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Botulinum Toxin Injection for Facial Wrinkles

By July 6, 2020 Blog

 

Botulinum toxin injection for treatment of facial wrinkles is the most frequently performed cosmetic procedure most countries, and it is one of the most common entry procedures for clinicians seeking to incorporate aesthetic treatments into their practice. Wrinkles are formed by dermal atrophy and repetitive contraction of underlying facial musculature. Botulinum toxin is a potent neurotoxin that inhibits release of acetylcholine at the neuromuscular junction. Injection of small quantities of botulinum toxin into specific overactive muscles causes localized muscle relaxation that smooths the overlying skin and reduces wrinkles. Botulinum toxin effects take about two weeks to fully develop and last 4 to 6 months on average . Dynamic wrinkles, seen during muscle contraction, yield more dramatic results than static wrinkles, which are visible at rest. Botulinum toxin injection is contraindicated in persons with keloidal scarring, neuromuscular disorders (e.g., myasthenia gravis), allergies to constituents of botulinum toxin products, and body dysmorphic disorder. Minor bruising can occur with botulinum toxin injection. Temporary blepharoptosis and eyebrow ptosis are rare complications that are technique-dependent; incidence declines as injector skill improves.

Mechanism of Action

Botulinum toxin is a potent neurotoxin protein derived from the Clostridium botulinum bacterium. It exerts its effect at the neuromuscular junction by inhibiting the release of acetylcholine, which causes temporary chemical denervation.

Indications

Botulinum toxin has been used for more than 20 years to treat a variety of conditions including blepharospasm, strabismus, cervical dystonia, migraines, hyperhidrosis, and muscle spasticity. Botulinum toxin was first approved by the U.S. Food and Drug Administration (FDA) for cosmetic use in 2002 as Botox to treat glabellar complex muscles that form frown lines and in 2013 to treat lateral orbicularis oculi muscles that form crow’s feet; it is used off-label for all other cosmetic facial indications. It has become the treatment of choice for wrinkles occurring in the upper one-third of the face (i.e., frown lines, horizontal forehead lines, and crow’s feet). It is also used in the lower two-thirds of the face, but this is more technically challenging and is an advanced application.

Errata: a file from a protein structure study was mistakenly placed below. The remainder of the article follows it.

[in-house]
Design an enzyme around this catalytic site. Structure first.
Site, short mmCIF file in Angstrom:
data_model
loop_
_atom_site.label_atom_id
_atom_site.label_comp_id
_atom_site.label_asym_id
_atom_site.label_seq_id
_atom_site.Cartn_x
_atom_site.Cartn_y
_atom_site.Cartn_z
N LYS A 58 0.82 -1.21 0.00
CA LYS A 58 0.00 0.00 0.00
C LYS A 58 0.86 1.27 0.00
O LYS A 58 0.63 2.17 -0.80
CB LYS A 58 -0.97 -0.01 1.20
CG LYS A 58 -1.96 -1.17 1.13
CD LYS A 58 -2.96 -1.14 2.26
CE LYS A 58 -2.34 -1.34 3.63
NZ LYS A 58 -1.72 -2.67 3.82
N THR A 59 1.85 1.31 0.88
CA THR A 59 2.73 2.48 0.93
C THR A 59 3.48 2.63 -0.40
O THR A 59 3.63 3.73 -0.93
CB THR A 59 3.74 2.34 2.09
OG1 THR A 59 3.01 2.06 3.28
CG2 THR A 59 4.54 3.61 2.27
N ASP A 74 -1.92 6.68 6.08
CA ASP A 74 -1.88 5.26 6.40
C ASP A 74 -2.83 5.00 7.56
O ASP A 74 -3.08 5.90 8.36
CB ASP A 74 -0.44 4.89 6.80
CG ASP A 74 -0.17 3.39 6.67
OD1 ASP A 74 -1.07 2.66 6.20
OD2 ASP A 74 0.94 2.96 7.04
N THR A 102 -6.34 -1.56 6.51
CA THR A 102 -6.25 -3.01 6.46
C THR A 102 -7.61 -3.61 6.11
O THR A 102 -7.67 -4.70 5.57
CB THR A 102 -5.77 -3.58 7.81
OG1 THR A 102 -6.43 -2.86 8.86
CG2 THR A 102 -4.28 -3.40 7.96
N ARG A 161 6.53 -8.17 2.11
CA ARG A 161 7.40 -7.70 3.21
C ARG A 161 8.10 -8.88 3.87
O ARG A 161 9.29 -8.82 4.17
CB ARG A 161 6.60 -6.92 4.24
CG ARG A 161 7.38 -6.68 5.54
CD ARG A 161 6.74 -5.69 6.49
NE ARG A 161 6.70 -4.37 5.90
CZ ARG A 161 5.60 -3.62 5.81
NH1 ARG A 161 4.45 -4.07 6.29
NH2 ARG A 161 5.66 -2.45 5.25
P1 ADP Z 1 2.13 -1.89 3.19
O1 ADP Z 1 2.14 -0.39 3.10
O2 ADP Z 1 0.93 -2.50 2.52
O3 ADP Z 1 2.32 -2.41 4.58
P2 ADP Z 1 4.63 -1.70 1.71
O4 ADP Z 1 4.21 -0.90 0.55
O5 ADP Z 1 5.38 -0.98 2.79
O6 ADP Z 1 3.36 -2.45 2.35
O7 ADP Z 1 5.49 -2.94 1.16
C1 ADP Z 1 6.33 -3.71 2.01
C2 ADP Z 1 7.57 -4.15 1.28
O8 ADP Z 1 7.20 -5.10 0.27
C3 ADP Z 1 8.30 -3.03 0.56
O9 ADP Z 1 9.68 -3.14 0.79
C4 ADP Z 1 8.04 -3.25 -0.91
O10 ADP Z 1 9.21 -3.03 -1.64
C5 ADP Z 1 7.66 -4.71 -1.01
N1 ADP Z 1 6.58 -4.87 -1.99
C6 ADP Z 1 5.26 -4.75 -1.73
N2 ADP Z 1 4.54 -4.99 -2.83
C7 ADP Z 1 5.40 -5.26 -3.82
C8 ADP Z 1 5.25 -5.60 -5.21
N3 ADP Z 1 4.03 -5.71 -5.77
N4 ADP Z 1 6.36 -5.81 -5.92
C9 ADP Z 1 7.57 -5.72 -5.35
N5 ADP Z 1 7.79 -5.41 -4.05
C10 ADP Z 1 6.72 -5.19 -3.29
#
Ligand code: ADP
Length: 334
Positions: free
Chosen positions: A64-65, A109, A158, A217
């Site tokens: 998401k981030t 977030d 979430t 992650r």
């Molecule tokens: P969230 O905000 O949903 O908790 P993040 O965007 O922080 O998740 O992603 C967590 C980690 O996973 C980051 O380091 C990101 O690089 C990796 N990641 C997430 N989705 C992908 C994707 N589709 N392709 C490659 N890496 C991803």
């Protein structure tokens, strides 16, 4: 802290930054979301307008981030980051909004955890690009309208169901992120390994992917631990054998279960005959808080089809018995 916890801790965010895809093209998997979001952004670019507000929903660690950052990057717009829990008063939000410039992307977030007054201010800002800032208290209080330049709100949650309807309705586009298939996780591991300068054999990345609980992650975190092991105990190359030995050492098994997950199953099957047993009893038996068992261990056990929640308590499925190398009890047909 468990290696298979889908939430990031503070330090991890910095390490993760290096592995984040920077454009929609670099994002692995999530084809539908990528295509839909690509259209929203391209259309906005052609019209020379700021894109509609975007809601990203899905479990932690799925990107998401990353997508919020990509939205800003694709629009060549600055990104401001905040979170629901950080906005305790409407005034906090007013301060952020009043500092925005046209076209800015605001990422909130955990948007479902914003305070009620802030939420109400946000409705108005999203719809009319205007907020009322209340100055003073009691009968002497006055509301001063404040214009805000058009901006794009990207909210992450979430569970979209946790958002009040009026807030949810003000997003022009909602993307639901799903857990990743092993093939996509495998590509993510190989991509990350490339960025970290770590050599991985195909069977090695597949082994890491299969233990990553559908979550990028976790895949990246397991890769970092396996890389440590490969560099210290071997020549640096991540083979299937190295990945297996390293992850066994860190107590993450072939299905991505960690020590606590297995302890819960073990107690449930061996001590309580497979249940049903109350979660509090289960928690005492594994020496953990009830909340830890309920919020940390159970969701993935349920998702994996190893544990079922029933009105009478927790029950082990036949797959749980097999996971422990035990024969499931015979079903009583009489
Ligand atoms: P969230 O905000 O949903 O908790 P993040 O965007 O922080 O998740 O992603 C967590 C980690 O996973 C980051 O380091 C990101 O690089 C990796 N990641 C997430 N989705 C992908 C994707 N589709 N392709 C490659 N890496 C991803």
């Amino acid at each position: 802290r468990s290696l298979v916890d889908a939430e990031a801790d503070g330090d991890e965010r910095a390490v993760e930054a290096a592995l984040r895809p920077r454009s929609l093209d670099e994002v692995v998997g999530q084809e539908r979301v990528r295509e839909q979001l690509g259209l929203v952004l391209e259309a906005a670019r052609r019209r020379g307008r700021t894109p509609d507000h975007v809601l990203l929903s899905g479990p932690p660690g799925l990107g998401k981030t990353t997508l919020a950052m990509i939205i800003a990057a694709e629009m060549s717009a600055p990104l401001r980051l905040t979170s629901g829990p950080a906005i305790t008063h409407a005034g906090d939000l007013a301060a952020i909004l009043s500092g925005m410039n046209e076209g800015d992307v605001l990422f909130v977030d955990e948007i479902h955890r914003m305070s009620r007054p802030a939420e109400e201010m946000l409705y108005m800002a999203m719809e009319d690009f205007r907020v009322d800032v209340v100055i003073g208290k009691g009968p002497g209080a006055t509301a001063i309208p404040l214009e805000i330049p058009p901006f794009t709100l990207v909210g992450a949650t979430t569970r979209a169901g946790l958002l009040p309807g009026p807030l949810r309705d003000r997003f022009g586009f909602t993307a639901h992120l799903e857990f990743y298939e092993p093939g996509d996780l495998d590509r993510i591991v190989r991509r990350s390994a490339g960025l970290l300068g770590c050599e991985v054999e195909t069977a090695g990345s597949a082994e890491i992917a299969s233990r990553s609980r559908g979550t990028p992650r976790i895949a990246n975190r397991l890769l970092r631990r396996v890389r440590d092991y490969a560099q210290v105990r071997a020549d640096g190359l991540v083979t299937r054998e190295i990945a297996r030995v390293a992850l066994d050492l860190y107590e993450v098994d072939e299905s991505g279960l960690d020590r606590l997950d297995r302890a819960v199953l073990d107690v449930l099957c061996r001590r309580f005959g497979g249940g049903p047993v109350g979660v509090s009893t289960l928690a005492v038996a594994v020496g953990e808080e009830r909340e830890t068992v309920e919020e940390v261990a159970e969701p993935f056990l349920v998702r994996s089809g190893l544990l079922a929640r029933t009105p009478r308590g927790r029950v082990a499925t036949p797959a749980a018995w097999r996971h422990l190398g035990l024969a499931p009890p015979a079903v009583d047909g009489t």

Patient Selection

Patients with dynamic wrinkles demonstrate the most dramatic improvements from botulinum toxin injection and are ideal candidates for treatment. Patients with static wrinkles that are visible at rest are also candidates, but results are slower and patients may require two or three consecutive botulinum toxin treatments for significant improvements. Deep static lines may not fully respond to botulinum toxin injection alone and may require combination treatment with dermal fillers or other cosmetic procedures to achieve optimal results. Setting realistic expectations at the time of consultation is important for patient satisfaction and success with botulinum toxin treatments. Contraindications to botulinum toxin injection include keloidal scarring, neuromuscular disorders (e.g., myasthenia gravis), allergy to constituents of botulinum toxin product, unrealistic expectations, and body dysmorphic disorder

 

 

 

 

 

 

 

 

 

 

Copyright © Rebecca Small, MD.

Reprinted from Small R, Hoang D. A Practical Guide to Botulinum Toxin Procedures. Philadelphia, Pa.: Lippincott Williams & Wilkins; 2012.

 

 

 

 

 

Copyright © Rebecca Small, MD.

Reprinted from Small R, Hoang D. A Practical Guide to Botulinum Toxin Procedures. Philadelphia, Pa.: Lippincott Williams & Wilkins; 2012.

 

 

Aftercare

Patients are advised to avoid lying supine following treatment for four hours. They are also advised to avoid massaging or applying heat to the treatment area, and to avoid activities that cause flushing (such as exercising heavily, consuming alcohol, and hot tub use) on the day of treatment. These aftercare practices are used to reduce potential spread of the toxin, however; they are not supported by randomized controlled trials.

Results and Follow-Up

Partial reduction in function of the targeted glabellar complex muscles is seen by the third day after botulinum toxin injection, with maximal reduction visible two weeks after injection. Return of muscle function is gradual, typically four to six months after treatment. Subsequent treatment is advised when muscle contraction is visible in the treatment area before facial lines return to their pretreatment appearance. After multiple treatments, botulinum toxin effects may be prolonged and, for some patients, treatment intervals can be extended beyond 4 to 6 months.

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